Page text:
Academic journal article Education

A Program Based on the Pragmatic Theory to Develop Grammatical Structure Comprehension Skills for Foreign Learners of Arabic

Academic journal article Education

A Program Based on the Pragmatic Theory to Develop Grammatical Structure Comprehension Skills for Foreign Learners of Arabic

Article excerpt

Introduction

Teaching Arabic language to foreigners has an importance which shows that this language is currently one of the main six languages in the world. It is one of the languages in which the United Nations' documents are written. Arabic is taught in many parts of the world, especially in the United States. It is also the language of Qur'an, and so it has been associated with Islam and its teachings. Accordingly, non-Arab Muslims who wish to study Islam; envoys who desire to study in Arab schools; and foreigners who are willing to contact Arabs regarding economical, political, cultural, or other affairs need Arabic. (Abbadi, 2011; Al-Ali & Olaimat, 2012; Younos & Al-Shaykh, 2003).

Arabic consists of phonemes, morphemes, words, structures, sentences, and semantic fields. A structure is the combination of two or more words according to relation justifying this combination. Grammatical structures are important for foreign learners of Arabic since they help these learners to comprehend words, and to correctly pronounce and write them. They also help foreign learners to use language correctly in speaking, reading and writing; and develop thinking skills, and positive values and attitudes of these learners. (Bresnan, 1992; El Khafaifi, 2005; Palmer, 2008).

Grammatical structure comprehension is thus important for foreign learners of Arabic since it helps them to comprehend sentences, to specify sentence components and types, to infer the meaning conveyed by these sentences, and to differentiate between nominal sentence components (theme and rheme) and verbal sentence components (verb and subject). Grammatical structure comprehension also helps foreign learners in understanding the text as a whole, and in structurally and grammatically analyzing it. (olga, 2001).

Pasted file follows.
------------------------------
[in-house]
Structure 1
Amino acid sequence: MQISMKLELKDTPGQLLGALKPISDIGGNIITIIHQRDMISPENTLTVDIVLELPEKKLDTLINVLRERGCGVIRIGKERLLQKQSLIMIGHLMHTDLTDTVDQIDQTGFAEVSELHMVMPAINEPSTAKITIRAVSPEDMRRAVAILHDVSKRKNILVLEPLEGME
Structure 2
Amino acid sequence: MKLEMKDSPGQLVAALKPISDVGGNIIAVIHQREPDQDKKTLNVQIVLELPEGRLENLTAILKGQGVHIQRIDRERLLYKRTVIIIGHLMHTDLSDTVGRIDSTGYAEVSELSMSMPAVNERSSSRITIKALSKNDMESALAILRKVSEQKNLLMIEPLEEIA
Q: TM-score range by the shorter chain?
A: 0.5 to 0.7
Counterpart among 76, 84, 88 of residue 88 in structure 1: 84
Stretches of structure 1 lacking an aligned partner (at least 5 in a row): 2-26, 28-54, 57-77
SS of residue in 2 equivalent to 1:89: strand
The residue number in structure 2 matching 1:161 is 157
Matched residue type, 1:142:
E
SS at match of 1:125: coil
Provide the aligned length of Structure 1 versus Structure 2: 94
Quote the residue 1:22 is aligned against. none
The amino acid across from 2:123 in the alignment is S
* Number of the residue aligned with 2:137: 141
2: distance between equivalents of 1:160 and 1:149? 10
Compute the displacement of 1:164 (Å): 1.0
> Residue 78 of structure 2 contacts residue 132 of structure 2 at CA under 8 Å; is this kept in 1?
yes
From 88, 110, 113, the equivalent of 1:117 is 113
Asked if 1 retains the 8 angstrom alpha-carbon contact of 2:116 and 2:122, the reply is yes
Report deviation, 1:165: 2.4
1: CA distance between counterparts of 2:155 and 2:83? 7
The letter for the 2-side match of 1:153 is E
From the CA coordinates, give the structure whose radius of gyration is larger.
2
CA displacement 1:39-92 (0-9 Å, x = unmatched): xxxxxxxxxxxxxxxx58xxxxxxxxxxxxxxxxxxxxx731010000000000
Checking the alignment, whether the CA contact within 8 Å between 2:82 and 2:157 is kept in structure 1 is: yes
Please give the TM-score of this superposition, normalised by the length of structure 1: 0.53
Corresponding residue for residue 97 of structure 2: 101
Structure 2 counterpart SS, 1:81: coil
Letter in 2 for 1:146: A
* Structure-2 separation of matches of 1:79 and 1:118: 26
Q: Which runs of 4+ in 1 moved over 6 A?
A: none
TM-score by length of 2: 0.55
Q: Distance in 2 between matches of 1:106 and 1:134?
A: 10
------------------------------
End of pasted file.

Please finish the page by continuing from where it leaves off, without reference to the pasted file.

There are stages for grammatical structure comprehension represented in the knowledge of structures and vocabulary's dictionary meaning; knowledge of the morphological structure of words; comprehension of the semantic significance of sentence structure; comprehension of the context of the sentence; specifying the components of the sentence; knowledge of the relations among words; knowledge of the Arabic case marks of words; knowledge of the grammatical terms' meanings; and knowledge of the functions of articles and prepositions. (Turner, 1995).

The most important grammatical comprehension skills are: specifying the componets of the sentence, and its predicates; determining the grammatical functions of words from context; specifying the types of sentences; forming sentences in accordance with the nominal and verbal sentence structures and differentiating between the two structures; specifying the types of verbs; distinguishing the types of followers using different verbs in sentences; using various conjunctions such as those of question, negation, condition, exception, possession, preposition, etc.; specifying the types of grammatical styles; and using different numbers in linguistic structures.

According to the importance of grammatical structure comprehension skills for foreign learners of Arabic, these skills should be developed through a program based on the Pragmatic theory since this theory is concerned with the discoursal interaction in the speech situation. This is followed by knowledge of all the linguistic and discoursal data related to the structure; especially the connotations and semantic fields resulting from the contextual usage. This data includes the speaker's beliefs intentions, personality, cultural make-up, and other participants in the linguistic situation. It also includes external circumstances such as time, place, social phenomena related to language; as well as the knowledge shared among the speakers and the effect of the spoken text on both (Chapman, 2012; Dalache, 1993; Forston, 2013).

The Pragmatic theory goes back to the Prague school which concerns language functions in communication and the functions performed by language levels (Gouvard, 1998). …

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